The first objective of this paper is to provide an overview of the empirical evidences available in the last fifteen years (i.e. 2000-2015, as time period with a large production of such evidences) involving AT-based programs for education, research and practice towards individuals with ASD. The second goal of the paper is to emphasize strengths and weakness of the reviewed studies. Finally, the paper guides practitioners and researchers pointing out the effectiveness of AT for improving the quality of life of children with ASD.


A computerized search was carried out within electronic database such as Scopus, Medline, Psych Info, and ERIC using the following keywords: (a) autism spectrum disorders, (b) intellectual disabilities, (c) developmental disabilities, (d) assistive technology, (e) communication impairments, (f) adaptive behaviors, (g) stereotypic behaviour, (h) aggression, (i) quality of life, (j) indices of happiness, and (k) self-determination. A manual search was additionally performed as supplement and research completion. Including criteria concerned: (a) empirical studies (i.e. research articles), (b) at least one participant who was between 3 and 19 years old (i.e. child or adolescent), (c) the English language of the article, and (d) an AT-based intervention program. Excluding criteria were: (a) systematic review paper, book chapter, conference papers and/or meta-analysis, (b) assessing studies without intervention protocol, (c) only adults as participants involved, and (d) participants with Rett syndrome, as their inclusion would exceed the goal of this paper. Accordingly, thirty-three studies were included in the review, involving 184 participants. Specifically, three main domains were considered, namely: (a) communication skills, (b) social and emotional skills, and (c) adaptive and living skills. For each domain, the reviewed studies were examined in terms of the number of participants involved and their ages, AT devices used and/or procedures adopted targeted behaviors and outcomes. A synoptic tab summarizing the included studies will be available. Regardless of the number of the studies retained for each domain, two illustrative evidences will be discussed for every area, for practical reasons.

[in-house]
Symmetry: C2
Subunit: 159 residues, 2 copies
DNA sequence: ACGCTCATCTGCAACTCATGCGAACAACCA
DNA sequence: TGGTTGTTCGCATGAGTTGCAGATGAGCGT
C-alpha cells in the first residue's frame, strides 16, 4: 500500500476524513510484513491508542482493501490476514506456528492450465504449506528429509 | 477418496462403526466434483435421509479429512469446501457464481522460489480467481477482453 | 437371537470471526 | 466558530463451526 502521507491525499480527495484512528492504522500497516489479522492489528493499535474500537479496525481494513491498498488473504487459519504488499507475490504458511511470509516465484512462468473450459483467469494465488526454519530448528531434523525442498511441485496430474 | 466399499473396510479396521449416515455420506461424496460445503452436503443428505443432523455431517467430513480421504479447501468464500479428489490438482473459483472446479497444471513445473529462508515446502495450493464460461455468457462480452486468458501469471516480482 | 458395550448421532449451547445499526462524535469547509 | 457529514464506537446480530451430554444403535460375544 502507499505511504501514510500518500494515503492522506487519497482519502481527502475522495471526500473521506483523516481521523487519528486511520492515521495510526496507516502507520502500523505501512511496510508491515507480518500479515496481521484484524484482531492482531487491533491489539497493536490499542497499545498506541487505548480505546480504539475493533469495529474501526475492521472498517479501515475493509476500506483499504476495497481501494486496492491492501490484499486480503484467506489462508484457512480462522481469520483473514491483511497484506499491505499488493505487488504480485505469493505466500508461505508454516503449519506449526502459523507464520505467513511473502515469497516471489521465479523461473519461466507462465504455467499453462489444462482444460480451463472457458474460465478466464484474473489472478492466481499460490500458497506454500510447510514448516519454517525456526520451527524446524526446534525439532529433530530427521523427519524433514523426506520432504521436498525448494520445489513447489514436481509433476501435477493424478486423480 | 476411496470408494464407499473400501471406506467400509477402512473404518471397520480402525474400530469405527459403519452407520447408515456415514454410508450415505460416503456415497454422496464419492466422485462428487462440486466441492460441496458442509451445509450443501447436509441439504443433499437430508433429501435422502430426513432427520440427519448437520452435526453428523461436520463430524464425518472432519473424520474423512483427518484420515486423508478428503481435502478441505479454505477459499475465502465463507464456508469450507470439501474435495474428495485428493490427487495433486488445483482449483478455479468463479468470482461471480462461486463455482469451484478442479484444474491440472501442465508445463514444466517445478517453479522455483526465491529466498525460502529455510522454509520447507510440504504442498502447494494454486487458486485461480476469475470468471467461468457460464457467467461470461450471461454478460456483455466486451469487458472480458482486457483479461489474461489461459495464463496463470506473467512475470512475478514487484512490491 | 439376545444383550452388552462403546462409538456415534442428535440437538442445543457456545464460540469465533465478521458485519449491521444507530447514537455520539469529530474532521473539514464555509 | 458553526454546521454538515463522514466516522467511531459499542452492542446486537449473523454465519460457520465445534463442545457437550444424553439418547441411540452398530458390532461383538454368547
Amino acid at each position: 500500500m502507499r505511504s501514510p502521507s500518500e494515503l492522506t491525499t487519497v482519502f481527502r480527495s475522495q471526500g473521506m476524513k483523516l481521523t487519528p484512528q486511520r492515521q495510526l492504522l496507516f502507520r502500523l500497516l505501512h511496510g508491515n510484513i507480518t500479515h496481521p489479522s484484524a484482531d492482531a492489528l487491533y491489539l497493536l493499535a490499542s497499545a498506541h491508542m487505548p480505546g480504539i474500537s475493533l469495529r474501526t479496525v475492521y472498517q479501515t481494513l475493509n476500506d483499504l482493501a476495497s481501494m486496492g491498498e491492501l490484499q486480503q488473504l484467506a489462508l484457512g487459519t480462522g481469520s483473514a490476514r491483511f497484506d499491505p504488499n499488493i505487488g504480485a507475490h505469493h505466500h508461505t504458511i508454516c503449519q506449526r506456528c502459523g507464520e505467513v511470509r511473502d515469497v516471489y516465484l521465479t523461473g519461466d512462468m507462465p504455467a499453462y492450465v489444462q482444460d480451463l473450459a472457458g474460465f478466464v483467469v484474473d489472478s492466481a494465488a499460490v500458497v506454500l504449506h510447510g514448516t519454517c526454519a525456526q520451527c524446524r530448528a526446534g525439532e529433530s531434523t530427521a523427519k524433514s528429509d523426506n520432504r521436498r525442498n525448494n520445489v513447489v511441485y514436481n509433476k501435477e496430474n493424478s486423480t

AT for communication purposes

Individuals with ASD may exhibit a large range of communication impairments [13,14]. For example, they may present a significant poor speech repertoire, repetitive language (e.g. people with Asperger syndrome), gaze avoidance, withdrawal, disorientation, and echolalia. These conditions may widely interfere with daily life, preventing those individuals towards real forms of integration [15,16]. In fact, deficits in communication may impede their inclusion within educational and community settings, with deleterious consequences for their quality of life [17]. Consequently, AT-based programs are centred to improve their communicative potentials as basic forms of AAC [18]. In fact, AAC-aided systems rely either on high technology- devices such as computers, tablets, I-pad, SGD, or on low-technology strategies such as PECS [18,19]. Since the selected technological solution may significantly influence the person's success, it should be always rigorously individualized, as to ensure the participant with a profitable way to constructively communicate with the outside world [20,21]. Overall, 11 studies were retained within this section, with 126 participants involved (Table 1).

Table 1: Synoptic representation of the reviewed studies on communication. View Table 1

For instance, Copple, Koul, Banda and Frye [22] proposed to three preschool children with autism spectrum disorders a SGD following a video-modelling intervention and a generalization phase to request a preferred object to social partners. The study was carried out according to a multiple baseline design across participants. During the intervention phase all participants were provided with a video showing two adults who requested a preferred item using a SGD. Results emphasized that all participants learned to use the SGD and successfully generalized their learning capacities across partners and objects. The study pointed out that the AT-based program was helpful in improving communication skills of participants involved.